20. Staging of Lung Cancer

    MedlinePlus

    ... of N2 means cancer has spread to the middle part of the chest (called the mediastinum). A rating ... so that the surgeon can remove the cancerous part of the lung and/or lymph node ... biopsied are your lungs, bones, and brain. These types of biopsies can be done with ...

  1. Rare lung cancers.

    PubMed

    2015-12-01

    There are several different kinds of lung cancer, often referred to as lung cancer subtypes. Some of these occur more often than others. In this factsheet we will specifically look at the subtypes of cancers that do not happen very often and are considered 'rare'. PMID:27066129

  2. Lung Cancer Indicators Recurrence

    Cancer.gov

    This study describes prognostic factors for lung cancer spread and recurrence, as well as subsequent risk of death from the disease. The investigators observed that regardless of cancer stage, grade, or type of lung cancer, patients in the study were more

  3. Immunosuppression for lung transplantation

    PubMed Central

    Ng, Choo Y.; Madsen, Joren C.; Rosengard, Bruce R.; Allan, James S.

    2010-01-01

    1. ABSTRACT As a result of advances in surgical techniques, immunosuppressive therapy, and postoperative management, lung transplantation has become an established therapeutic option for individuals with a variety of end-stage lung diseases. The current 1-year actuarial survival rate following lung transplantation is approaching 80%. However, the 5- year actuarial survival rate has remained virtually unchanged at approximately 50% over the last 15 years due to the processes of acute and chronic lung allograft rejection (1). Clinicians still rely on a vast array of immunosuppressive agents to suppress the process of graft rejection, but find themselves limited by an inescapable therapeutic paradox. Insufficient immunosuppression results in graft loss due to rejection, while excess immunosuppression results in increased morbidity and mortality from opportunistic infections and malignancies. Indeed, graft rejection, infection, and malignancy are the three principal causes of mortality for the lung transplant recipient. One should also keep in mind that graft loss in a lung transplant recipient is usually a fatal event, since there is no practical means of long-term mechanical support, and since the prospects of re-transplantation are low, given the shortage of acceptable donor grafts. This chapter reviews the current state of immunosuppressive therapy for lung transplantation and suggests alternative paradigms for the management of future lung transplant recipients. PMID:19273152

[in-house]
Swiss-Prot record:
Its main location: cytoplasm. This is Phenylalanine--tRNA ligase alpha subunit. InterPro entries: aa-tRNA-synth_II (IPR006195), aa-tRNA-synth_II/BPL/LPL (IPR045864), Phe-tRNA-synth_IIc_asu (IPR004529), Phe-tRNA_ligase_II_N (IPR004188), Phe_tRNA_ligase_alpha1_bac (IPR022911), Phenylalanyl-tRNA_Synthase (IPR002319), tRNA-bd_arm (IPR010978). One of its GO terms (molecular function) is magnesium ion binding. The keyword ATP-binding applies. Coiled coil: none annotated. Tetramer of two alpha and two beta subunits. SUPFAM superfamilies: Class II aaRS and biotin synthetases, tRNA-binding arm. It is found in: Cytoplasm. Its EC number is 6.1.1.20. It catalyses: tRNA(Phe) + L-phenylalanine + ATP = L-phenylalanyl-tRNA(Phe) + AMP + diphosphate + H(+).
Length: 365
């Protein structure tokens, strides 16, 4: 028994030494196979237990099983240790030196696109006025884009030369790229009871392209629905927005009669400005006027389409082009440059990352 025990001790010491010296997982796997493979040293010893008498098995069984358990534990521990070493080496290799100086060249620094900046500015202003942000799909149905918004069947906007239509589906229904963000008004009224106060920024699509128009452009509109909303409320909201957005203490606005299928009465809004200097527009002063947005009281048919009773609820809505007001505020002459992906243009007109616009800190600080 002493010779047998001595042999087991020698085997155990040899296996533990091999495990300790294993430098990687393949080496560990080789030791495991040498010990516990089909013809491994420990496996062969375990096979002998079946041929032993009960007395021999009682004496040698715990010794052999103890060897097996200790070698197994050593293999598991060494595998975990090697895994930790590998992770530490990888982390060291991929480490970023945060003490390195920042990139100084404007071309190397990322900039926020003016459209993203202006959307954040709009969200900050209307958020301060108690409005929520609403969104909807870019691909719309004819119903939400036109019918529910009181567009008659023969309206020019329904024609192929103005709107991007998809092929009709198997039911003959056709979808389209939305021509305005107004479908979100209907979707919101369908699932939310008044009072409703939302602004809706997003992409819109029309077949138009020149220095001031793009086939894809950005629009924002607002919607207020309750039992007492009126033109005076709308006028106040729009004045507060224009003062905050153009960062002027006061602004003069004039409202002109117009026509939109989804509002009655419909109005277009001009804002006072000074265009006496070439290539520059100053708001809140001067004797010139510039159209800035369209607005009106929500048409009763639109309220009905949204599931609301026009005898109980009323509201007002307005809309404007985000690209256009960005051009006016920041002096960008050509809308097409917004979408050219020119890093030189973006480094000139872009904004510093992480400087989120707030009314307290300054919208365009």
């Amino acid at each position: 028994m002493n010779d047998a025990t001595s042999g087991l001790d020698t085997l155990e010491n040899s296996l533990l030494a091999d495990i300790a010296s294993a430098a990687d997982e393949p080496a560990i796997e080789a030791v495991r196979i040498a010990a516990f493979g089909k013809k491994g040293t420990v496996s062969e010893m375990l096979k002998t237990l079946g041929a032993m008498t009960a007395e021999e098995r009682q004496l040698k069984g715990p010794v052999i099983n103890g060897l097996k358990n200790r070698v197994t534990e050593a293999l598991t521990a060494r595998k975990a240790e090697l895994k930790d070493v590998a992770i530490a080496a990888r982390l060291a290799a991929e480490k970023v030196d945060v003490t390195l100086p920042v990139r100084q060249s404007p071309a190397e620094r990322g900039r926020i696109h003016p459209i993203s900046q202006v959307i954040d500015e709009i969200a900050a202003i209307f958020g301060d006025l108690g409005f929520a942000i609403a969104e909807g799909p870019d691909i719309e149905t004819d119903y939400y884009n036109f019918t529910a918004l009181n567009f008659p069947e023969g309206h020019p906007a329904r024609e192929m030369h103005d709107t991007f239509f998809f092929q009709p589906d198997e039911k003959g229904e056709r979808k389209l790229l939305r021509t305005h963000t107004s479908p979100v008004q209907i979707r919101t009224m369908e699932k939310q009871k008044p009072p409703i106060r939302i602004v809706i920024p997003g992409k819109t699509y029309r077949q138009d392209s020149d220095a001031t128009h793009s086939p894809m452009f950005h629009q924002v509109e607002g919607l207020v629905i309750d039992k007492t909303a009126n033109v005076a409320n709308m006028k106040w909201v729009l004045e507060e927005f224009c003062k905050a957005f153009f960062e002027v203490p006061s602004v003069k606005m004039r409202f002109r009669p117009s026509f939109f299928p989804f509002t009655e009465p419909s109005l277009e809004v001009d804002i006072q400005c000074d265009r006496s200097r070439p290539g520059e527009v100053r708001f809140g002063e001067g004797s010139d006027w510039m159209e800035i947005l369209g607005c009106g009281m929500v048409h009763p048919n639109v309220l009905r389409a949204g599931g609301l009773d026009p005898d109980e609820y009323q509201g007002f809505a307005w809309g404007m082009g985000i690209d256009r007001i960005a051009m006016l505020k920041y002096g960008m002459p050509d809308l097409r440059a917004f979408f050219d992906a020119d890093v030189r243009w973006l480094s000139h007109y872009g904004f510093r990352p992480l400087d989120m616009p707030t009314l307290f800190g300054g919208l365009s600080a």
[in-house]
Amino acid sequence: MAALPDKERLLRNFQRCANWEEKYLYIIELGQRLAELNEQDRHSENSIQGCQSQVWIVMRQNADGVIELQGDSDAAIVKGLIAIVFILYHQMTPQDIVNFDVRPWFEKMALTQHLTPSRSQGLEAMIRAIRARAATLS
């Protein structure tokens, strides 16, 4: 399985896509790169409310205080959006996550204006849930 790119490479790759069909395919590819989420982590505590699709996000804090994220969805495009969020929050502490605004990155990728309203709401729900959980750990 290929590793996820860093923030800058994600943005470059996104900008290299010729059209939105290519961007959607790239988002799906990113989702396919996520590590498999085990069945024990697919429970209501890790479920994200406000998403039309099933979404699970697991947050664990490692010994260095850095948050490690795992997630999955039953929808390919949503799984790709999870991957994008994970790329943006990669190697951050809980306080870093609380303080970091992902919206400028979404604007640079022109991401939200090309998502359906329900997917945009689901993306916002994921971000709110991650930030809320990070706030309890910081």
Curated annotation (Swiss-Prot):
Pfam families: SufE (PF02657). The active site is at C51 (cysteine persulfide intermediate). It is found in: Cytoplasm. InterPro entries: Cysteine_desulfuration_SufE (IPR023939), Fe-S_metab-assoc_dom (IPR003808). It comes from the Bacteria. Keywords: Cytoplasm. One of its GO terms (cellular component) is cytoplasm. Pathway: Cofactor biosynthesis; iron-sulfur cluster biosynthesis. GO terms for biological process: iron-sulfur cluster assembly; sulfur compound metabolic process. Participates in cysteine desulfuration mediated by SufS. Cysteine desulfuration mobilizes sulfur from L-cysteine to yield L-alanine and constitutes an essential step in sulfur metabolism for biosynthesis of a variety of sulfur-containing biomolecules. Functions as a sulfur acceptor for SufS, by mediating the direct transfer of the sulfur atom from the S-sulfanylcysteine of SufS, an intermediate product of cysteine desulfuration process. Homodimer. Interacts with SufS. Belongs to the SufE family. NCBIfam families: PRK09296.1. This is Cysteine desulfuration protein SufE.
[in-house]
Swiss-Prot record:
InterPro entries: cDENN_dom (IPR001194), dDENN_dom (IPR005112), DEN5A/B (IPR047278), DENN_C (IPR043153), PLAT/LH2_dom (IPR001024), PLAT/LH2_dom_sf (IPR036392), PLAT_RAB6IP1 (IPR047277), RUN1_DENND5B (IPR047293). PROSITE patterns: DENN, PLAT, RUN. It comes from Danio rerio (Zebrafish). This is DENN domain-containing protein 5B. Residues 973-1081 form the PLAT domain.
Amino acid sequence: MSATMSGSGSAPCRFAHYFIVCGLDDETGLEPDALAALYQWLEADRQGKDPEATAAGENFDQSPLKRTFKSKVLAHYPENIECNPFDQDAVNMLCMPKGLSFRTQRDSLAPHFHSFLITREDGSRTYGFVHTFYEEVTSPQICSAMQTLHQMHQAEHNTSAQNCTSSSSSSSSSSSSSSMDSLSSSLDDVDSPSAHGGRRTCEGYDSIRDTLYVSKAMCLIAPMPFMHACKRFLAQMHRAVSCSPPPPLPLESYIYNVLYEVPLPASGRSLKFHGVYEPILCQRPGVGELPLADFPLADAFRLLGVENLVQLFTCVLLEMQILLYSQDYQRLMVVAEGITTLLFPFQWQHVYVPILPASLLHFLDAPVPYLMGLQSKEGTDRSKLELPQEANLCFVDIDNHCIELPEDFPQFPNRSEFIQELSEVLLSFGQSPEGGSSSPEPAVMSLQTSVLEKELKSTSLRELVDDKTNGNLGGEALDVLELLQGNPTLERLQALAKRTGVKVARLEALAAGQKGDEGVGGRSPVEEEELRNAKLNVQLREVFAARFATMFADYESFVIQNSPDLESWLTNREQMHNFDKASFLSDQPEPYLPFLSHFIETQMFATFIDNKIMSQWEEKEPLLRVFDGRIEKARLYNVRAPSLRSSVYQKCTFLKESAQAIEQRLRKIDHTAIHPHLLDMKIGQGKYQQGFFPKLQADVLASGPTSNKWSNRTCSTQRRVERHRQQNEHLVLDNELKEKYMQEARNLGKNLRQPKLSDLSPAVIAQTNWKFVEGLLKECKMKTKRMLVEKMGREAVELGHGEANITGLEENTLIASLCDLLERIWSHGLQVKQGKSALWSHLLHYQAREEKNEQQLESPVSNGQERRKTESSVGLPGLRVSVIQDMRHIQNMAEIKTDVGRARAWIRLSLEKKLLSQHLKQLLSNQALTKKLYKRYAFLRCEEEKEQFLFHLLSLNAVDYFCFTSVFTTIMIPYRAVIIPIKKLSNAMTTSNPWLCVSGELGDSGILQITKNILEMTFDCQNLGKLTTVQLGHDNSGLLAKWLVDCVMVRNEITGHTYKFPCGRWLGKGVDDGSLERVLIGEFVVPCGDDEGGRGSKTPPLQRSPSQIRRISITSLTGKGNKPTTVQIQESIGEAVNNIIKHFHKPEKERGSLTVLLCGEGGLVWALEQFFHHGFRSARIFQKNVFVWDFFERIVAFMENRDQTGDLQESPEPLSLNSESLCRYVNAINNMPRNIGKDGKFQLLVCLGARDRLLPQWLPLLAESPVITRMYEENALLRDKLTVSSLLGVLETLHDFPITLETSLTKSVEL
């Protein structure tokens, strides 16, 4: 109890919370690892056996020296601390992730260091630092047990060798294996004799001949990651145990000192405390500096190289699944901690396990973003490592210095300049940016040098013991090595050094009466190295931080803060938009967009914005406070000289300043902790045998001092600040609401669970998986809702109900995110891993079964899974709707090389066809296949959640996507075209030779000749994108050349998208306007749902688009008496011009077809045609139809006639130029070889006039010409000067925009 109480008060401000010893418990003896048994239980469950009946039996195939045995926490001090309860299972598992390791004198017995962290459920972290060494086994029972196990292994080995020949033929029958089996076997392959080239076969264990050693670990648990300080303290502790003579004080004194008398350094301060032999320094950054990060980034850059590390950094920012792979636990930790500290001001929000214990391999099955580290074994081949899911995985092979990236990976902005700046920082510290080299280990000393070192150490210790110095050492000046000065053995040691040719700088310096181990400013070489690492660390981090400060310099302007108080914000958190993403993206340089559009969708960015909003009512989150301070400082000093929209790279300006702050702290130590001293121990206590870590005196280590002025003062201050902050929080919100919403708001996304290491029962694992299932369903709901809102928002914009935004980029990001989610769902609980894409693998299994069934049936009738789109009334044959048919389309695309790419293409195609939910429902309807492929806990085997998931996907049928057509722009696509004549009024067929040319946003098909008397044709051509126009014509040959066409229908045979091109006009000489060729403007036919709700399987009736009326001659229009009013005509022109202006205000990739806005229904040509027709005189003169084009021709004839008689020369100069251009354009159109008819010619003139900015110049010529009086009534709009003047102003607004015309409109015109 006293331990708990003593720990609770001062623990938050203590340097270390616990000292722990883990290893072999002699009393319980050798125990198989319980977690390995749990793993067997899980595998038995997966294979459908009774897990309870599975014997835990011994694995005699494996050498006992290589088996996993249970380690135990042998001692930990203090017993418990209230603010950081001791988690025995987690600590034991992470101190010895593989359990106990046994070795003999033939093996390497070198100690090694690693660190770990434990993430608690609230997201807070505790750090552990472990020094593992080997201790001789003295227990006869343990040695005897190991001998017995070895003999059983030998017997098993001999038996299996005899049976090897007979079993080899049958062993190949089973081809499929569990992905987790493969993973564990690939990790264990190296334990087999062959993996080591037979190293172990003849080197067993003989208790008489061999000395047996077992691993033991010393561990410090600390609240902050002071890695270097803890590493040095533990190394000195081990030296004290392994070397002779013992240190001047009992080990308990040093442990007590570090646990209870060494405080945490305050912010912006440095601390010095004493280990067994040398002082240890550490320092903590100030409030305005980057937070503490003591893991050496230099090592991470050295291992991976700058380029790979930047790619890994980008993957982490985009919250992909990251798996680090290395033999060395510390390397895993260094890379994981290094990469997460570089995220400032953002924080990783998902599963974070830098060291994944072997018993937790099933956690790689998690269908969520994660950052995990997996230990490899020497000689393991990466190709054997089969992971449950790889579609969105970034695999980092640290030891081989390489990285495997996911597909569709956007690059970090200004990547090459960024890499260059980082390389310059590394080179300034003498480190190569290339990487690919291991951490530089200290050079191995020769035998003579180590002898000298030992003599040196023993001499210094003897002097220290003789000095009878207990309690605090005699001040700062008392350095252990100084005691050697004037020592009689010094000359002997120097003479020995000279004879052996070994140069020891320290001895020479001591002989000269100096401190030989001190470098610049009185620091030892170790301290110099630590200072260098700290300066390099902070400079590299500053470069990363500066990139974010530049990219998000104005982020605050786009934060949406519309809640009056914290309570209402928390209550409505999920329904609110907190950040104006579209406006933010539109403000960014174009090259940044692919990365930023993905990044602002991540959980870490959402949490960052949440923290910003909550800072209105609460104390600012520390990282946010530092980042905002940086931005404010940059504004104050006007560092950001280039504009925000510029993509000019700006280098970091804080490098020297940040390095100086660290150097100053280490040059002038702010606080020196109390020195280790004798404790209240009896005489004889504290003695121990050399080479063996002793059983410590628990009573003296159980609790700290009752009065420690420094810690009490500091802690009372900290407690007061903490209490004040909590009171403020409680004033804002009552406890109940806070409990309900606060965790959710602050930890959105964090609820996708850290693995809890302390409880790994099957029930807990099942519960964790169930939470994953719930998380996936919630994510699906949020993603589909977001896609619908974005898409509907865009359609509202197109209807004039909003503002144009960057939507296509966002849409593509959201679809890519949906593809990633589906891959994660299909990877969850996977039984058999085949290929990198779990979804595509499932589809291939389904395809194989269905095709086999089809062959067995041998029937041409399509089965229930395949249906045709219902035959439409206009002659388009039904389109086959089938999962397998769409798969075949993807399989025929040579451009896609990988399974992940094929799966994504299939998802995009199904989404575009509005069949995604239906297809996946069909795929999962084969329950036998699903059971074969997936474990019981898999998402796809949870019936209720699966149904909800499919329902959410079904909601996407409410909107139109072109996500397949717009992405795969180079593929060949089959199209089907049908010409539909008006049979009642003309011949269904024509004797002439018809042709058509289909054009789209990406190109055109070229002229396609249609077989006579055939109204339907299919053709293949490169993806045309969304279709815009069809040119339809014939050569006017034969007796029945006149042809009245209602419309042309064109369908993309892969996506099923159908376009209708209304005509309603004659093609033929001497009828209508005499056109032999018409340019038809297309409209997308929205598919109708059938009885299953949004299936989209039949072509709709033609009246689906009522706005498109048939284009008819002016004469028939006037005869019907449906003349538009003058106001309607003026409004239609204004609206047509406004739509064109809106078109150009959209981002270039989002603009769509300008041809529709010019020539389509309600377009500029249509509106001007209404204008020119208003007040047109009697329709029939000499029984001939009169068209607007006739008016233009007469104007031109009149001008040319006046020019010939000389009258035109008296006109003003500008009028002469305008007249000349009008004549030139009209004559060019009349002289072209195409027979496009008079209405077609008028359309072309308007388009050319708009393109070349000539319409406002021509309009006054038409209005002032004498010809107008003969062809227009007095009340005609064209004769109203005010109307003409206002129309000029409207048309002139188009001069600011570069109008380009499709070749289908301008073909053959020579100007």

4. Lung needle biopsy

    MedlinePlus

    ... when there is an abnormal condition near the surface of the lung, in the lung itself, or on the chest wall. Most often, it is done to rule out cancer. The biopsy is usually done after abnormalities appear on a chest x-ray or CT ...

  5. Lung cancer - non-small cell

    MedlinePlus

    Cancer - lung - non-small cell; Non-small cell lung cancer; NSCLC; Adenocarcinoma - lung; Squamous cell carcinoma - lung ... Smoking causes most cases (around 90%) of lung cancer. The risk depends on the number of cigarettes ...

  6. Estimation of Lung Ventilation

    NASA Astrophysics Data System (ADS)

    Ding, Kai; Cao, Kunlin; Du, Kaifang; Amelon, Ryan; Christensen, Gary E.; Raghavan, Madhavan; Reinhardt, Joseph M.